Wanted: a Scorecard for Consumer Energy Products

Here’s a pretty obvious statement: selling energy management products to commercial customers is different than to the general consumer. Going down the same path, there are a lot more challenges to reaching a large residential market than the commercial.

Let’s assume you aren’t partnering with a utility company and position the product for a direct sale to the consumer. Let’s keep on assuming and expect that you aren’t wanting the super-tech-savvy DIY niche crowd, you want a significantly larger chunk of the residential market. Regardless of the product coming directly from you or OEM’d through some partner, that sales pitch better work for the consumer as the ultimate buyer.

We’ve seen plenty of products that are a little too complicated for the average buyer, and energy products are no different. There are quite a few consumer options out there that do a decent job of explaining the situation to you, though. Take two of our recent examples: TED and PlotWatt.

It would be nice to have a scorecard – a simple checklist – for making sure you aren’t going off the rails in explaining your product to the world. I can’t say I have one in my back pocket, and it surely isn’t all that different from statements you could make about most high-tech gizmos and gadgets for sale today. Some examples:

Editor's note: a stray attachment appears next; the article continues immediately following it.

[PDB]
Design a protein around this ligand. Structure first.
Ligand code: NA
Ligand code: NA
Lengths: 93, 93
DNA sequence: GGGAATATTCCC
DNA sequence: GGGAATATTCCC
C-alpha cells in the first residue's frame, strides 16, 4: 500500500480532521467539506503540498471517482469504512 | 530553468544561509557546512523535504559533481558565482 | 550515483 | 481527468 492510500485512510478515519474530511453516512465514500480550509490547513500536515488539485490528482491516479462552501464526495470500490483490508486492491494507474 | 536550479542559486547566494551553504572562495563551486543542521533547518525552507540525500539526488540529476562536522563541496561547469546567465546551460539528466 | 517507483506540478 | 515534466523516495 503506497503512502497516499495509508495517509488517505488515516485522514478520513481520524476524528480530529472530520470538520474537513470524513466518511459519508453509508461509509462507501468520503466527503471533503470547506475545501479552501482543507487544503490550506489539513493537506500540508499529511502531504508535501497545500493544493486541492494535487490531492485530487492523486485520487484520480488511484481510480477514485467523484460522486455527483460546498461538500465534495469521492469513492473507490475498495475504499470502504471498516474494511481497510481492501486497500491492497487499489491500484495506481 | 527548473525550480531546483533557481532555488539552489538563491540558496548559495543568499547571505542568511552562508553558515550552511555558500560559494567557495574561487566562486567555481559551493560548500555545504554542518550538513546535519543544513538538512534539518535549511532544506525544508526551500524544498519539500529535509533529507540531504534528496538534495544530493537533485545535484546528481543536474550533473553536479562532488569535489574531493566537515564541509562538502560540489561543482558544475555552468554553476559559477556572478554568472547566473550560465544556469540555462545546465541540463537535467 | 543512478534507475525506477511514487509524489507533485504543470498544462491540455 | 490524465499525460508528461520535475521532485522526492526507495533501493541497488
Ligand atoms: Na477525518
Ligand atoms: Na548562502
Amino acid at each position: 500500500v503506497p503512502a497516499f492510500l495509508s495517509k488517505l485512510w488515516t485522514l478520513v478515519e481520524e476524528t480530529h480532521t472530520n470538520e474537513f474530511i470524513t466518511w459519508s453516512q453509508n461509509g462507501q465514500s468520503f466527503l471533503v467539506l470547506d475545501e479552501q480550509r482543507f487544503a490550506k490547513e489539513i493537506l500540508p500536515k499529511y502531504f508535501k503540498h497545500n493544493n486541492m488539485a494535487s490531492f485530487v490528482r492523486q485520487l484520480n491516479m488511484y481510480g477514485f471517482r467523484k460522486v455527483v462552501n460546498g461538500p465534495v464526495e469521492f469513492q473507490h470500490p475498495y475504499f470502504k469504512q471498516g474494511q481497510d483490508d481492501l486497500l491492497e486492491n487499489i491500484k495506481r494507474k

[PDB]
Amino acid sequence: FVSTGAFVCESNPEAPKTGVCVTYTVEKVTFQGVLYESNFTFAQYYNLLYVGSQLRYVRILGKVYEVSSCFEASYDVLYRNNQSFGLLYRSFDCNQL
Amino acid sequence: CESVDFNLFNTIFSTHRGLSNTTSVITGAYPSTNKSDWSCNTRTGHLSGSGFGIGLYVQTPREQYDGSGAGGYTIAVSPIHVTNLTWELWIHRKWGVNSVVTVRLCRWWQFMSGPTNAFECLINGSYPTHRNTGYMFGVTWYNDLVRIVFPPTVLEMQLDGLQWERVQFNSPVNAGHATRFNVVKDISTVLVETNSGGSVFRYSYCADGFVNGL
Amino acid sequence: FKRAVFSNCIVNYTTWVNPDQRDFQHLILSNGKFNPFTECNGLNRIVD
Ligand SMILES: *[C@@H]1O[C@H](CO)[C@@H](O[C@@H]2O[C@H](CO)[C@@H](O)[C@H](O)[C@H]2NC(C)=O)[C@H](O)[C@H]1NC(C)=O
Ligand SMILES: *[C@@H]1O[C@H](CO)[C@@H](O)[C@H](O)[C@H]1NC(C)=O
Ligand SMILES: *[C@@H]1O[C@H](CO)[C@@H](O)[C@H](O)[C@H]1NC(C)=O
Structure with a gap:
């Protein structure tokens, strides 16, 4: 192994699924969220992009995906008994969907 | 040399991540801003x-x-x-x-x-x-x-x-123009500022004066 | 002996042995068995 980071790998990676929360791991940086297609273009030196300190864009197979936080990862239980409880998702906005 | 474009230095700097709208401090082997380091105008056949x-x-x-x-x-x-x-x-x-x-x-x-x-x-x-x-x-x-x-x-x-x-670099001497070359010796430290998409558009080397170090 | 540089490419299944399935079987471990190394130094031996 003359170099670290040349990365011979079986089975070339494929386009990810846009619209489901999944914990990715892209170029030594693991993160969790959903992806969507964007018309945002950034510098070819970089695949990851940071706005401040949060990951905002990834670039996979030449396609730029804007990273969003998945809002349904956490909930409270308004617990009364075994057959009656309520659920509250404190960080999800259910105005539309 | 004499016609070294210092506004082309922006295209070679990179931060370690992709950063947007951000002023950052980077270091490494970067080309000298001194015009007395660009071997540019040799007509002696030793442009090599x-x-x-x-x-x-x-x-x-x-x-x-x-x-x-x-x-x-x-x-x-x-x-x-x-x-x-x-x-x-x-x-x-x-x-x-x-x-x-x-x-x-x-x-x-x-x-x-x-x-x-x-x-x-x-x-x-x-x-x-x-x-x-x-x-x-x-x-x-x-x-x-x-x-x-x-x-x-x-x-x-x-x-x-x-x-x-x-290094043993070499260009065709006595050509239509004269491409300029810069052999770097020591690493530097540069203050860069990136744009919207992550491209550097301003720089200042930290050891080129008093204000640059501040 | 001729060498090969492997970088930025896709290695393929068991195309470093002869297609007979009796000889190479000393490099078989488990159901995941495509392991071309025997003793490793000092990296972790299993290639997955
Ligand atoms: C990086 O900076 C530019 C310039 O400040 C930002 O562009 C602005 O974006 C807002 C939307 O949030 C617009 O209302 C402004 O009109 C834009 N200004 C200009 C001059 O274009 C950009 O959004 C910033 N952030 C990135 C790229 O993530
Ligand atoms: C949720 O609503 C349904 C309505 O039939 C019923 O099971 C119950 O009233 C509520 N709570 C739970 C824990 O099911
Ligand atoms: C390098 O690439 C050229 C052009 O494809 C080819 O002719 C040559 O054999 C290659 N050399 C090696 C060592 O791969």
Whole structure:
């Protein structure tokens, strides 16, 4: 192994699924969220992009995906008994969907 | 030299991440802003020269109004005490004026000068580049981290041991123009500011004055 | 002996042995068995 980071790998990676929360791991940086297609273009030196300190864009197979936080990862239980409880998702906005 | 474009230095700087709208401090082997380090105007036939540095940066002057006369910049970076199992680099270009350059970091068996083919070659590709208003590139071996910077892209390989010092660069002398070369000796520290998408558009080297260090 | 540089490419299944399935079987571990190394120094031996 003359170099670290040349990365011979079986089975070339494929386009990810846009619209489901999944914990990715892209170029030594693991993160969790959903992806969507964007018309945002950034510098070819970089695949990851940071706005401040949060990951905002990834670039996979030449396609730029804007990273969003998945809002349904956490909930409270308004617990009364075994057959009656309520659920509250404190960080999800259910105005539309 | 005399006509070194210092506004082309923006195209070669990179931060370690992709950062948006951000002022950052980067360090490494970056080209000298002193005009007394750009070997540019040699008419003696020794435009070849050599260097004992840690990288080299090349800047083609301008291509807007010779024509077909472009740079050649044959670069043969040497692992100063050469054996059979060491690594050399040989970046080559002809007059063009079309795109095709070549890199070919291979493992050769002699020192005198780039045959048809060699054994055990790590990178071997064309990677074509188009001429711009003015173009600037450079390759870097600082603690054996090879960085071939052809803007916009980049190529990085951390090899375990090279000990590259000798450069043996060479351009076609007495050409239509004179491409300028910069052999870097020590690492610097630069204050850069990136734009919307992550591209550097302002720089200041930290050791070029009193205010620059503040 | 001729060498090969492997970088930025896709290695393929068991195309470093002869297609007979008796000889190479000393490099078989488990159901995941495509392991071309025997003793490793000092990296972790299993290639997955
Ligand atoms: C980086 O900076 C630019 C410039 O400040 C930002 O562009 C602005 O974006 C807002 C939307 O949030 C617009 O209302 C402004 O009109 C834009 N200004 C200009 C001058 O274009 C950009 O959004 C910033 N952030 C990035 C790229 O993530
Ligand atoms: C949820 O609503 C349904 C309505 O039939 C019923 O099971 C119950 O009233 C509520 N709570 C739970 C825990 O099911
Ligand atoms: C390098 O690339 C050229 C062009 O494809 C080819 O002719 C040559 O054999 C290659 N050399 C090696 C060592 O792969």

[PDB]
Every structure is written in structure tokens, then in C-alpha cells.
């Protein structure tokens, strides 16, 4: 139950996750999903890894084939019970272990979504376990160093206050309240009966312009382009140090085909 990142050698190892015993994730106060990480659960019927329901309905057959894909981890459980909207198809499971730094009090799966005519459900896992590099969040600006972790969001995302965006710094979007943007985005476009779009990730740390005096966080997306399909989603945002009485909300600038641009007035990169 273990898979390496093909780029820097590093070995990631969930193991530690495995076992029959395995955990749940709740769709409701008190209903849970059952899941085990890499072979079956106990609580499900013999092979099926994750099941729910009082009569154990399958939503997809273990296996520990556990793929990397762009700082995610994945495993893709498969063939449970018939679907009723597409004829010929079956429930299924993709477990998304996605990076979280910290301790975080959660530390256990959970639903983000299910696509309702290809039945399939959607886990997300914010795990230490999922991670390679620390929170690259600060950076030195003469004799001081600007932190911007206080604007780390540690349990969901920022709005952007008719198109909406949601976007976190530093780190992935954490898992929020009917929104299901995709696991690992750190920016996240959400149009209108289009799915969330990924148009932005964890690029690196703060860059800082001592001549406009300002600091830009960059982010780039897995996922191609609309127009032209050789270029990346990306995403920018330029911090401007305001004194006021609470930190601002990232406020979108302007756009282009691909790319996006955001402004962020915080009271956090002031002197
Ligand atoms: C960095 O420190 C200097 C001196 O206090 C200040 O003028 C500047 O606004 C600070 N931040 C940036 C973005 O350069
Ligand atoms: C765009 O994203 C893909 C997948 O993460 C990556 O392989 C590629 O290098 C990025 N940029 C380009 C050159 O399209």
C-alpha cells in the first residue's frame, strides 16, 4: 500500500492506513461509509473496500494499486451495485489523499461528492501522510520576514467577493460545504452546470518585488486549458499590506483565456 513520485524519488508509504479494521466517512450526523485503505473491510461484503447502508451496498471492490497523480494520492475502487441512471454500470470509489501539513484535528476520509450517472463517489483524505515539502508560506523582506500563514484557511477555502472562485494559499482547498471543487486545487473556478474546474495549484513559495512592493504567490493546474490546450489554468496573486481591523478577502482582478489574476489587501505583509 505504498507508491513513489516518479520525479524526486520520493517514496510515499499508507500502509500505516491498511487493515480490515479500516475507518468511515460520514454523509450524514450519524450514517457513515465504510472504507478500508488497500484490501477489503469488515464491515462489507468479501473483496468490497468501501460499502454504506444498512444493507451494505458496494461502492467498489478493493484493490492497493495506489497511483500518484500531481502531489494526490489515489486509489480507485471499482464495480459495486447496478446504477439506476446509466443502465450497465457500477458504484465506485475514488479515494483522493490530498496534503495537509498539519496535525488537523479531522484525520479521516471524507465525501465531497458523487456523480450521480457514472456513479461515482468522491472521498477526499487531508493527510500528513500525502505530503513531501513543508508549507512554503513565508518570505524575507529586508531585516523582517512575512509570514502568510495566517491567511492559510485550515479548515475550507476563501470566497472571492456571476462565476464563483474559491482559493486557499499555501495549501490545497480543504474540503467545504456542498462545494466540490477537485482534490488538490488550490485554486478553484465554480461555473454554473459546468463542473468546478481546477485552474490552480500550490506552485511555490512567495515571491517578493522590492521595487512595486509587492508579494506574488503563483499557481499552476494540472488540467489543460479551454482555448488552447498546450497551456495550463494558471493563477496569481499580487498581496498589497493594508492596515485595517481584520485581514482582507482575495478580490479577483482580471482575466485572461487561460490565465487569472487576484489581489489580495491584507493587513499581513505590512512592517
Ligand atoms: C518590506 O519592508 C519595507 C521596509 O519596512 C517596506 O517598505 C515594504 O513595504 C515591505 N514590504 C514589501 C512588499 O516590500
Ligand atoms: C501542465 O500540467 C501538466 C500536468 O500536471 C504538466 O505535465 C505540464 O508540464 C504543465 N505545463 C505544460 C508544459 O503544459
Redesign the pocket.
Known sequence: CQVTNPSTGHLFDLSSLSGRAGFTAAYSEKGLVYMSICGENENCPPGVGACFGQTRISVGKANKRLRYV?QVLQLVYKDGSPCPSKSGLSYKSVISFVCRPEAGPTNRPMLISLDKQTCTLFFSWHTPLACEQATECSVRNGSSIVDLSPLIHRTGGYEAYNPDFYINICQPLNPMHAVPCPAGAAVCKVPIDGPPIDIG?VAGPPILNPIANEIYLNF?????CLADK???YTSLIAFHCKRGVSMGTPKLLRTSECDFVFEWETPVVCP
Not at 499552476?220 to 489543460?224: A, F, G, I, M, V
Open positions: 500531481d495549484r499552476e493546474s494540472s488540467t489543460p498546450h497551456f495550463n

Change jargon to common language

  • How about not bringing up kW, kWh, and metering resolution? Instead, talk about simple terms like power and electric usage. (i.e. they shouldn’t need Energy 101 to buy your product)
  • Discussing the communications protocols is a little silly. Keep the discussion at “it talks to that”.
  • Avoid acronyms at all cost. Remember SMI (smart metering infrastructure) and HAN (home area network)? Yeah, neither does grandma.
  • I think the video from the folks over at PlotWatt does this very well.

Give a basis for interaction

  • What are we going to do with “energy” here? Am I buying a product in a box or is it software on the web?
  • Avoid calling something “flexible” or a “solution” when it really doesn’t need to be. Vagaries in the offering get confusing. The package the consumer is interested in is the “save energy” product or “make my house more green” box-of-stuff. A field engineer is not required and we’re not installing a new enterprise SAP integration.
  • Check out the folks at TED, you know they sell a box.

Use an anchor that is both common and important

  • Get specific. I’m interested in concrete things I can do now.
  • Keep to simple needs. I’m out to save money not lower my average daily demand because of my bracketed rate.
Written by mackay on September 23, 2011 Categories: Energy Tags: ,
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